As we get deeper into spring, concerns continue to grow in California over drought following a winter that wasn’t as wet as hoped for.
“We had a really good December. But there’s been limited rainfall and snow since the beginning of the year,” says Tom Conrado of Classic Fruit Company in Fresno, CA. “The snow pack is non-existent at the last measurement--there’s not much left up there. They’re predicting six to eight inches of snow in the hills early this week. But if the runoff is already going, that precipitation is going to stay in the ground.”
Conrado points to storage water capacity continuing to be an issue--the lower storage capability for California’s water system in years like this mean the state doesn’t have the capacity to catch any early run off. “It got so hot so fast that the snow started to melt and we started getting run off and there’s nowhere to put it. If we had better capability for the storage, it would lessen the impact on the state. It’s not just farmers,” he says.
There are several other consequences of a drier than hoped for winter. “Any row crop is going to be looked at first as far as fallowing ground. Because you already have an investment in your permanent crops whether it’s trees or vines,” says Conrado. “Those crops will also be affected too by maybe not enough water to finish or get through the season.”
Conrado says any row crop is going to be looked at first as far as fallowing ground.
Water allocations could also be affected. “You’re going to see zero percent allocations and there’s definitely going to be more fallowed ground out on the West side at least. The East side is also facing water restrictions,” he says. The lack of water will also strain underground pumping even further.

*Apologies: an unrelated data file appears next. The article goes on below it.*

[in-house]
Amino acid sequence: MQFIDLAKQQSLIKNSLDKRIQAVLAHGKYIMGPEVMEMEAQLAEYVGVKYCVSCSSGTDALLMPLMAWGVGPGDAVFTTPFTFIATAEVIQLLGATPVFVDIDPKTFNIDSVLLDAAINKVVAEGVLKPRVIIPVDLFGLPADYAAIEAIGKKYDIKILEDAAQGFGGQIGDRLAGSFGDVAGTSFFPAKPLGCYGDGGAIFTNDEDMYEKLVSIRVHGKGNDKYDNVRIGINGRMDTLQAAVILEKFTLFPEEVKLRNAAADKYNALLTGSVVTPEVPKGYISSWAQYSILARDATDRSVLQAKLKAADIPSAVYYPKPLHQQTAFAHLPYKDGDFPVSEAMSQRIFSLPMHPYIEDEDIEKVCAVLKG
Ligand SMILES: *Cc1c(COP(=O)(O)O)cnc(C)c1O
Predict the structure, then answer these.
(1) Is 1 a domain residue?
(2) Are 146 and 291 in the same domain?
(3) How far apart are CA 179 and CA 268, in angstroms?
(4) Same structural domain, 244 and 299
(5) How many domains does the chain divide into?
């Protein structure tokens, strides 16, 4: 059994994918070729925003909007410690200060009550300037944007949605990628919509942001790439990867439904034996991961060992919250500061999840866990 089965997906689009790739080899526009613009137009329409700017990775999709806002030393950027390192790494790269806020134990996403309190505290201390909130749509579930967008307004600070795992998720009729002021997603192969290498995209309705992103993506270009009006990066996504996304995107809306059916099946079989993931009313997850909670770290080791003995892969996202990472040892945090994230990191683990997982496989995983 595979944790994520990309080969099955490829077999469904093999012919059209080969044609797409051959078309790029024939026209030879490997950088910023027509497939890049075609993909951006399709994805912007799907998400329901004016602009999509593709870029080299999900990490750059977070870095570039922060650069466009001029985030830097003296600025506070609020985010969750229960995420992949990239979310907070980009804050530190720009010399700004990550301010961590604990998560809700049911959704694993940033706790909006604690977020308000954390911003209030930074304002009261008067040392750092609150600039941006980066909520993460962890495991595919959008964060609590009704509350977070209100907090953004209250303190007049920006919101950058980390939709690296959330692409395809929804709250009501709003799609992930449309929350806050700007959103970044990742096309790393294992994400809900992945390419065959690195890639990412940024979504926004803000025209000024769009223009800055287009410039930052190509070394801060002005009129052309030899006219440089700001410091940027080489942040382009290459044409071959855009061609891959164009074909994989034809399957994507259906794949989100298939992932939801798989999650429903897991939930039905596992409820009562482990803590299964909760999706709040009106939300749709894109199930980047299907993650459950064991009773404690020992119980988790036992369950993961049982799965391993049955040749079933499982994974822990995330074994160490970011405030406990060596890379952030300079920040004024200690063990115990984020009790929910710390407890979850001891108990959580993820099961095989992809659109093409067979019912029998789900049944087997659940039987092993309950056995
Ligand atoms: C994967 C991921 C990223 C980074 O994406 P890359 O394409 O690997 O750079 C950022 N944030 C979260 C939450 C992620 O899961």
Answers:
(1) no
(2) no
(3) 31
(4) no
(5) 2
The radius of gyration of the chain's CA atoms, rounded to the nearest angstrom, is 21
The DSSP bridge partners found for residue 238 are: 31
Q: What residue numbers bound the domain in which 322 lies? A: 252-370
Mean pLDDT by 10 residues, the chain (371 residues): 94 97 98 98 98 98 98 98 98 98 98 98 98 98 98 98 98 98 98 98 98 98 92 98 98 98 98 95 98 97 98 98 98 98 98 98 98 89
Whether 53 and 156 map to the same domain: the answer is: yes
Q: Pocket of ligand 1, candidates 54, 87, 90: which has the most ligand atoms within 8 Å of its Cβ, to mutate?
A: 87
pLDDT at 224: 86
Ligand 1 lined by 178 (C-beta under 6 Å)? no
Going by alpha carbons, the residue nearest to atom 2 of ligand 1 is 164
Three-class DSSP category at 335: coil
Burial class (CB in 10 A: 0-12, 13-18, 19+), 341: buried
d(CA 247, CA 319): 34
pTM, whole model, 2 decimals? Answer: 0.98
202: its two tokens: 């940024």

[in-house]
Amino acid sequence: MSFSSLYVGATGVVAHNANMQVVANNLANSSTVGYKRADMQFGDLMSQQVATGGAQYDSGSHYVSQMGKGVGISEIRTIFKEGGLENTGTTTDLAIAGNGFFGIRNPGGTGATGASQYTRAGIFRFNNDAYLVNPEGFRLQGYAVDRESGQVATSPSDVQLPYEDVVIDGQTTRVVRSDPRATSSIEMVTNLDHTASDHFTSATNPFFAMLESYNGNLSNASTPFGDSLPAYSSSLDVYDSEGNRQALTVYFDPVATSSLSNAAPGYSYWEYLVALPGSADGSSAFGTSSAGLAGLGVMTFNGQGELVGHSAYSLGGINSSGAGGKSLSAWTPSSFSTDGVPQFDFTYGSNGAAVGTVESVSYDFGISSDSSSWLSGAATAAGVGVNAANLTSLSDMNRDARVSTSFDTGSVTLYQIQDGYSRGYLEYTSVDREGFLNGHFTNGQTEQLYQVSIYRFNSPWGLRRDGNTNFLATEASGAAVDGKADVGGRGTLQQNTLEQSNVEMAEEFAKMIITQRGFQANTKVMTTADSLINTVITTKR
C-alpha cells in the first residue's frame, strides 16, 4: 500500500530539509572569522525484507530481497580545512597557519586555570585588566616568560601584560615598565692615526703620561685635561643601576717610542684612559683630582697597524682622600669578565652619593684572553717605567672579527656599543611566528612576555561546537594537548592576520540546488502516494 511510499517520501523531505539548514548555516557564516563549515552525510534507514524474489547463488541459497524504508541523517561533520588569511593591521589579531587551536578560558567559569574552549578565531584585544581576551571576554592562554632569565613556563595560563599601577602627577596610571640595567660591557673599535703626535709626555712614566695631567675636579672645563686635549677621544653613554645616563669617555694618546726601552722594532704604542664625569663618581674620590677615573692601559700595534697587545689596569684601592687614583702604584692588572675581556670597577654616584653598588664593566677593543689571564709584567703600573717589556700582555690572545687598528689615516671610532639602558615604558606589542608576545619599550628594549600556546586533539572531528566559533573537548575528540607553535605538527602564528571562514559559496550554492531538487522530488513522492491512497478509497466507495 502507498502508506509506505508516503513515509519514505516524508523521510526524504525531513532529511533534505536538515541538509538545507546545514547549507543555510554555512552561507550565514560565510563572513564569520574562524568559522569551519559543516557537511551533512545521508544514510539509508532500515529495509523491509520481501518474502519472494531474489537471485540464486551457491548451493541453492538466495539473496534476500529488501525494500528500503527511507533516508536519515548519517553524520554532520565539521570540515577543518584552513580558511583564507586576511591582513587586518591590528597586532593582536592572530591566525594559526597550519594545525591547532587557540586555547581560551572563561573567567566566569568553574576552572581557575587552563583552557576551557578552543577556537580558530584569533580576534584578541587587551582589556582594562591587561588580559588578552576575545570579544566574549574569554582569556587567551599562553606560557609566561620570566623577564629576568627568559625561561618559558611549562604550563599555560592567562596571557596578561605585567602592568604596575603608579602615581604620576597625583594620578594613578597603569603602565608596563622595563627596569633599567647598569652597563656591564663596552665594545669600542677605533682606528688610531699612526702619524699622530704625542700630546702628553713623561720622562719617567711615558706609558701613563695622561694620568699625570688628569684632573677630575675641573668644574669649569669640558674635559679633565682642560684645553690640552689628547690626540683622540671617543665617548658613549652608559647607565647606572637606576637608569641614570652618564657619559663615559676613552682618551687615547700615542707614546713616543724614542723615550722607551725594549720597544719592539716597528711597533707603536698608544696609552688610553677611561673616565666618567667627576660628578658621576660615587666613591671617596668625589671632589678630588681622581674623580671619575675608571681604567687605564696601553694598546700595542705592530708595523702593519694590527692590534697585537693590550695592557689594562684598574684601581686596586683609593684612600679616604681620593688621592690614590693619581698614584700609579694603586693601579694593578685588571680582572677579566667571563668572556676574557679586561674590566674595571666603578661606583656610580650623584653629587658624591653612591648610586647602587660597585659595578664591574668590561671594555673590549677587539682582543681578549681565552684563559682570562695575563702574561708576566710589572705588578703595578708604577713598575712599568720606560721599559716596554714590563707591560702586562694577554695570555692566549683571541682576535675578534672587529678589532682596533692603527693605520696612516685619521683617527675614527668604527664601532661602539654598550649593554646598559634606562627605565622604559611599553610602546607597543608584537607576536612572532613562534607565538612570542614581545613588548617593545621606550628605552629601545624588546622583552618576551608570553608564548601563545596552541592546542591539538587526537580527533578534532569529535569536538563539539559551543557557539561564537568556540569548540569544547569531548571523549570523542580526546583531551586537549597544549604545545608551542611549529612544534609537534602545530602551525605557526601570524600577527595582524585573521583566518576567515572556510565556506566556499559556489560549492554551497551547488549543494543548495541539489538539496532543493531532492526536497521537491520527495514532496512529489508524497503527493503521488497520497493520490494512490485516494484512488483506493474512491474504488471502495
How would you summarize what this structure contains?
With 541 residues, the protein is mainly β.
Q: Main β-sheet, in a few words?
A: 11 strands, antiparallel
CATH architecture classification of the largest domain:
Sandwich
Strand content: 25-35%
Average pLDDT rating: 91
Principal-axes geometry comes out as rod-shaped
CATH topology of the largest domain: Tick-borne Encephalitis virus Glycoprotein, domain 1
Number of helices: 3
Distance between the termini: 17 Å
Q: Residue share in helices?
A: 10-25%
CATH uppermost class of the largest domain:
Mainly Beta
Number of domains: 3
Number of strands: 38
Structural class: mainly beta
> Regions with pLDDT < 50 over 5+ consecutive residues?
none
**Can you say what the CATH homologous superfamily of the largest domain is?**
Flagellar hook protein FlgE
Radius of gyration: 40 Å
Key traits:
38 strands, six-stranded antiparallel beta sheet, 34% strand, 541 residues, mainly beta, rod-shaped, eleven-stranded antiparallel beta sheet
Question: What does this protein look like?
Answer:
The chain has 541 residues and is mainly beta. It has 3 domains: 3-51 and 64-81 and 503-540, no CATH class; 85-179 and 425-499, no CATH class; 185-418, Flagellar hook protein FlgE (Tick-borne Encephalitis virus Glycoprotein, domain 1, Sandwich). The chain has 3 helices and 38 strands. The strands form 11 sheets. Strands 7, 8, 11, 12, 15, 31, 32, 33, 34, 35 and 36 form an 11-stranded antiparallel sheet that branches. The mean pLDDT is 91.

Higher costs an issue too
This all comes at a time when growers in California (and across the country) continue to see higher production costs and limitations on some production materials. “On top of all of this is the lack of fertilizer right now and the high prices is an issue. But what can you do? You need it,” says Conrado.
He also notes another key casualty of California’s drought--the small towns in the growing regions. “There’s less work for the populous and it’s driving the population to get out and go somewhere else. It really hurts these municipalities,” he says.
This includes smaller growers. If for instance, larger growers have to fallow 1,000 acres, it’s likely that’s only a smaller percentage of their overall acreage is affected. “Compare that to someone who farms 4,000 acres and has to fallow 1,000 acres. That’s 25 percent,” he says. He also notes that the deeper pockets of larger growers mean they’re more likely to be able to manage the higher water costs. “They can go and purchase water outside of the region,” says Conrado. “It seems like every day you’re hearing a higher number of what someone has to pay on a per acres basis and it’s pretty astonishing.”